Dr Angela Dawson is a Senior Lecturer in the Faculty of Health at the University of Technology Sydney. She is a public health social scientist with expertise in maternal and reproductive health service delivery to vulnerable populations. She has undertaken research into women’s access to abortion in Australia and emergency contraceptive pills in Cambodia, as well as the management and referral of women who have experienced domestic violence. Angela has over 50 publications in peer-reviewed journals and she has written numerous reports and papers for governments and United Nations bodies. She has over 17 years experience in the areas of Indigenous Australian and international health, primary health care services, workforce development, health promotion and health communication. Angela was involved with the National Malaria Control Programme in five African countries, a Gates funded project with the Liverpool School of Tropical Medicine and the London School of Hygiene and Tropical Medicine. She has also designed programmes to develop dialogue and debate between journalists and public health practitioners in Africa, Asia and the Caribbean.

Professor Colleen Fisher

Professor Colleen Fisher is Head of School, School of Population Health, at The University of Western Australia.  Colleen has over 15 years’ experience in public health research including in a cross cultural context, specifically South Asia and the African continent.  Colleen has supervised a range of higher degree by research students to completion, has developed public health curriculum,   and taught public health at undergraduate and postgraduate levels.  Additionally she has been program director for Public Health Postgraduate Coursework at UWA, Director of Teaching within the School of Population Health, Chaired Teaching Executive and Teaching and Learning Committees and heavily involved in course development and evaluation.

Associate Professor Sharyn Burns

A/Prof Sharyn Burns is an Associate Professor, Health Promotion and a Co-Director of the Collaboration for Evidence, Research and Impact in Public Health in the School of Public Health, Curtin University. She writes, coordinates and teaches a range of undergraduate and postgraduate health promotion and public health units and supervises honours, Masters and PhD students. Sharyn has many years’ experience in the development of health promotion and public health curriculum materials and courses at a tertiary level. Dr Burns’ research focuses on measuring the impact of health promotion interventions with a focus on mental health promotion and prevention, alcohol and other drugs, sexual health and obesity prevention with a particular emphasis on children, adolescents, young adults and parents. Current research includes intervention based research focusing on bullying prevention in schools, alcohol interventions for adolescents and tertiary students, encouraging parents to support breastfeeding and evaluating health promotion interventions. Sharyn is lead CI on the Sexuality and Relationships Education Project focusing on training pre-service and practicing teachers.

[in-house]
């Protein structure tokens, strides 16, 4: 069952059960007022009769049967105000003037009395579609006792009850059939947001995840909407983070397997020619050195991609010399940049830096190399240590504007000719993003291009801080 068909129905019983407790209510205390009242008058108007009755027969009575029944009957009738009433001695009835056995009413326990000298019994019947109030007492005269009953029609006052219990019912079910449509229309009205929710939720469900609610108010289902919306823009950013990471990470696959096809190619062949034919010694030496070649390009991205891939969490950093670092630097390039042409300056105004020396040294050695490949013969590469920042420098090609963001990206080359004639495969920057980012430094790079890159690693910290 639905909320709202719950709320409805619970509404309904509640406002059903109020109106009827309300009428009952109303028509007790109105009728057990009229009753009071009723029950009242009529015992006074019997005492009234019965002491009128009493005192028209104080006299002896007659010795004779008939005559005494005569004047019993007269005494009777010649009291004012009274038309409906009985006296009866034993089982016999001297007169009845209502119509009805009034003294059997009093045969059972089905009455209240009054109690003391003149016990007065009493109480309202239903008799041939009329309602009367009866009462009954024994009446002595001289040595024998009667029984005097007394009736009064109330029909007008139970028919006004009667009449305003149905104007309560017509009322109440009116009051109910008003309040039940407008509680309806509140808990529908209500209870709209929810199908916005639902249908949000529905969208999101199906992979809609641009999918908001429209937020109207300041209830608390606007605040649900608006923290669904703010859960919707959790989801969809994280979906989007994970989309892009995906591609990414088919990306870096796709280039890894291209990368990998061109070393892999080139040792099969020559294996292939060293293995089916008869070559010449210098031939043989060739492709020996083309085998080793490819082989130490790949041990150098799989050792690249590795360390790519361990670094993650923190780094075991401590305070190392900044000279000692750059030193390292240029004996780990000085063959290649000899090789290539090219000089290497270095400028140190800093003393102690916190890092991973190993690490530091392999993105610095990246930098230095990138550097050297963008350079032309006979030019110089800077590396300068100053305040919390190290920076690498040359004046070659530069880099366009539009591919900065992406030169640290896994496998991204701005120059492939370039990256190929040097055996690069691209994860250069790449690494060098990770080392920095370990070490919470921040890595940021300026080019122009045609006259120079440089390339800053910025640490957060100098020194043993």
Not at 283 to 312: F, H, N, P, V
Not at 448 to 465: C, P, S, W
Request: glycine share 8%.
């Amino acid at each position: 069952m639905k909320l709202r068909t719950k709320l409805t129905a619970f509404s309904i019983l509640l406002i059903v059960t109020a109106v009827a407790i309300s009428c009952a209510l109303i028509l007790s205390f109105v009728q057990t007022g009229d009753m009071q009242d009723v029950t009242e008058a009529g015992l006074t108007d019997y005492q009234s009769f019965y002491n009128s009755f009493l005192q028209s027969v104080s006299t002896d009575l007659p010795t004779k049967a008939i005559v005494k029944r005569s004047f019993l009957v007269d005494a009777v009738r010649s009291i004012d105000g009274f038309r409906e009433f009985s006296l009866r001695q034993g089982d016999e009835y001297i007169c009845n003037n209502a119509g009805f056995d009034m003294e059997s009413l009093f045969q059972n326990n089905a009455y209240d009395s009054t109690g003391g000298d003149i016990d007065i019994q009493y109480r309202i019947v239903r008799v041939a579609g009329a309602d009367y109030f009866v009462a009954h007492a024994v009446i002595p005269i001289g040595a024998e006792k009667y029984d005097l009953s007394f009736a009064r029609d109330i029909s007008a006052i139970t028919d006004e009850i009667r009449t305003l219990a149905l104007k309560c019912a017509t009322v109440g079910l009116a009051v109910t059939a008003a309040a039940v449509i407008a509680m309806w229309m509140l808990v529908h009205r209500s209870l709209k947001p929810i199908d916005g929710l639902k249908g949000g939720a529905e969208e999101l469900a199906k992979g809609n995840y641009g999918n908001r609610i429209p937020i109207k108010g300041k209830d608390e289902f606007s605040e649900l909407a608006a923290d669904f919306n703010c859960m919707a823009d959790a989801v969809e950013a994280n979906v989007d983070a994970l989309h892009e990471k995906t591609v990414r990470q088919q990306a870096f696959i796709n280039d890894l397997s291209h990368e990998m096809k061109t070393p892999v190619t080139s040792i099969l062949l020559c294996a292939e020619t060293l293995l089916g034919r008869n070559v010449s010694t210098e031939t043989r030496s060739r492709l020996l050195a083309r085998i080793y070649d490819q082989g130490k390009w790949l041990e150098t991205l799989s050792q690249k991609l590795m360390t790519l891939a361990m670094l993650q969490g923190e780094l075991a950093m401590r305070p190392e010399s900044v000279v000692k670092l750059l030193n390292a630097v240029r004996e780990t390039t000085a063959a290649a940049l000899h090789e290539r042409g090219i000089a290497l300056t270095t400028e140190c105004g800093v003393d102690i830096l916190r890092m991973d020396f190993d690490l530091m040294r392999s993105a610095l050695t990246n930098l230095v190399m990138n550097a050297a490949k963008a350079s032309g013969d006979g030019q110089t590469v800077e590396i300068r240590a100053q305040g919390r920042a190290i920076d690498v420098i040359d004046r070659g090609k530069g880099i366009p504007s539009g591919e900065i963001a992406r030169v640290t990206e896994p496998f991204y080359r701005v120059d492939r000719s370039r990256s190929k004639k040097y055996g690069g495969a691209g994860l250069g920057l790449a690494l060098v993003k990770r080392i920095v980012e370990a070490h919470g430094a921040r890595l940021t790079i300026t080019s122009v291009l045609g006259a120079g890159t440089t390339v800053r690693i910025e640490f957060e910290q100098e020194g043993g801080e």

Ms Angela Sheedy

Ms Angela Sheedy is a Registered Nurse and Lecturer in the School of Health at Charles Darwin University, a role supported by a Bachelor of Health Science in Nursing and Masters of Public Health. With a diverse range of clinical experience which compliments her academic interests in public health, chronic disease and Indigenous health care, Angela has also focused largely on the development of innovative on-line blended learning for students. Currently Angela coordinates public health focused theory units in the Bachelor of Nursing and Bachelor of Health Science. Recent projects have included curriculum development and transition for the Bachelor of Nursing, implementation of a virtual hospital on-line learning platform, forming a research group on Integrating socio-cultural health into curriculum and the establishment an on-line resource for student nurses to provide a portal for professional development sessions. As a member of the iScholar team at CDU, Angela is also focused on the integration of technology into innovative teaching and learning experiences and is currently researching the changing role of the lecturer in higher education.